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Abstract. We describe a possible physical device that computes a function that cannot be computed by a Turing machine. The device is physical in the sense that it is compatible with General Relativity. We discuss some objections, focusing on those which deny that the device is either a computer or computes a function that is not Turing computable. Finally, we argue that the existence of the device does not refute the Church–Turing thesis, but nevertheless may be a counterexample to Gandy’s thesis. Key words: Church–Turing thesis, effective computation, Gandy’s thesis, physical hypercomputation, supertasks A hypercomputer is a physical or an abstract system that computes functions that cannot be computed by a universal Turing machine. Turing (1939) was perhaps the first to introduce hypercomputers. He called them omachines, for machines with oracles. Other examples of hypercomputers are described in Copeland and Sylvan (1999). In what follows we describe a possible physical device that computes a nonTuring computable function. This physical hypercomputer is a version of the devices introduced by Pitowsky (1990) and Hogarth (1992, 1994). We consider
Quantum gravity computers: On the
, 2008
"... theory of computation with indefinite causal structure ..."
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Effective computation by humans and machines
, 2002
"... There is an intensive discussion nowadays about the meaning of effective computability, with implications to the status and provability of the Church–Turing Thesis (CTT). I begin by reviewing what has become the dominant account of the way Turing and Church viewed, in 1936, effective computability. ..."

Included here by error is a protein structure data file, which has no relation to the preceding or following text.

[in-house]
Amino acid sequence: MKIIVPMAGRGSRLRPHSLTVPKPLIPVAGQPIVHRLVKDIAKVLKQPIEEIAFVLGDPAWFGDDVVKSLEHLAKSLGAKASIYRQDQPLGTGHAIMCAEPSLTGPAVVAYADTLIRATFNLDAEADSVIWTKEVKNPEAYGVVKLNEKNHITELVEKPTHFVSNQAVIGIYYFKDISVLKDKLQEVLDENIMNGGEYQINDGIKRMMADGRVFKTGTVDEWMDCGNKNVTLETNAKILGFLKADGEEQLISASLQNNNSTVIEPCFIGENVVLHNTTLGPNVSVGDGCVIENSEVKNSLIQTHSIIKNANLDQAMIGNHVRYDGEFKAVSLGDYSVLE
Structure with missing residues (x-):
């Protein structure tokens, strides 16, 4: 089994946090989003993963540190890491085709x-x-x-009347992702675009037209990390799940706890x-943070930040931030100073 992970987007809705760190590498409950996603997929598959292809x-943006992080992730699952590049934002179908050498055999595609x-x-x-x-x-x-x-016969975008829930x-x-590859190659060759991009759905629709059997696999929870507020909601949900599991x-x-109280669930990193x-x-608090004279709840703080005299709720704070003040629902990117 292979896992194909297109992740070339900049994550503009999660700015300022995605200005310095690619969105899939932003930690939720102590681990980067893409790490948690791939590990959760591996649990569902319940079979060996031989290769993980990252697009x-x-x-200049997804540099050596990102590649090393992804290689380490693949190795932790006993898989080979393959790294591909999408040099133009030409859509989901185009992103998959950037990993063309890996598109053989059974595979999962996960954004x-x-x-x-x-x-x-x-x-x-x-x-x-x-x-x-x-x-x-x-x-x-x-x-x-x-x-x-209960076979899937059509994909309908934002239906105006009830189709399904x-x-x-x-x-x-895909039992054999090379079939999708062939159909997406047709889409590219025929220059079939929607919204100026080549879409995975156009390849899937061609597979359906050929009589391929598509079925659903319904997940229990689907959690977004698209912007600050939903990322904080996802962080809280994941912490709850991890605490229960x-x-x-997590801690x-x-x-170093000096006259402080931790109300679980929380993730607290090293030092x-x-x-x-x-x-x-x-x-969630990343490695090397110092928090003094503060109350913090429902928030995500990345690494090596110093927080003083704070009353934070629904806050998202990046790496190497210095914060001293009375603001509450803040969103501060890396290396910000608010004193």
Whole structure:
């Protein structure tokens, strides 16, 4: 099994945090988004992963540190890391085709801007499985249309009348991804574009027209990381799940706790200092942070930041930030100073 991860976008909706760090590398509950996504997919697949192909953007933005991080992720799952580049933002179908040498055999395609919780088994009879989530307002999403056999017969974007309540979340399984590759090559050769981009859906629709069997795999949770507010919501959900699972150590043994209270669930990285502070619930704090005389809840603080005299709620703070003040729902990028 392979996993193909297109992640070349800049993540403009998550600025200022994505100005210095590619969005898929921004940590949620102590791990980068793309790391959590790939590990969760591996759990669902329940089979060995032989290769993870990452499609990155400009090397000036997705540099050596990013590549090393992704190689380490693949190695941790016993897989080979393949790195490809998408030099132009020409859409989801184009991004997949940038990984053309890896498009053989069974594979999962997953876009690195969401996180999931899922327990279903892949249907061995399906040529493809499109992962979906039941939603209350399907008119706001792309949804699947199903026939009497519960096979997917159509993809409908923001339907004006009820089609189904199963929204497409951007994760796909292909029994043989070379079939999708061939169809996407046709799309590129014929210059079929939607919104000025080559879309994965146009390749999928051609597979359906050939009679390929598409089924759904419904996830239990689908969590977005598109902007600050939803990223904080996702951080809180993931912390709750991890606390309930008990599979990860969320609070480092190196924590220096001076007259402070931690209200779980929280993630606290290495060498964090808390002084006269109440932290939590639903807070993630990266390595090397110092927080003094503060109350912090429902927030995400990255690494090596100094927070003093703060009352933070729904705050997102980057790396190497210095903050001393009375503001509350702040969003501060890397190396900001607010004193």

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There is an intensive discussion nowadays about the meaning of effective computability, with implications to the status and provability of the Church–Turing Thesis (CTT). I begin by reviewing what has become the dominant account of the way Turing and Church viewed, in 1936, effective computability. According to this account, to which I refer as the Gandy–Sieg account, Turing and Church aimed to characterize the functions that can be computed by a human computer. In addition, Turing provided a highly convincing argument for CTT by analyzing the processes carried out by a human computer. I then contend that if the Gandy–Sieg account is correct, then the notion of effective computability has changed after 1936. Today computer scientists view effective computability in terms of finite machine computation. My contention is supported by the current formulations of CTT, which always refer to machine computation, and by the current argumentation for CTT, which is different from the main arguments advanced by Turing and Church. I finally turn to discuss Robin Gandy’s characterization of machine computation. I suggest that there is an ambiguity regarding the types of machines Gandy was postulating. I offer three interpretations, which differ in their scope and limitations, and conclude that none provides the basis for claiming that Gandy characterized finite machine computation.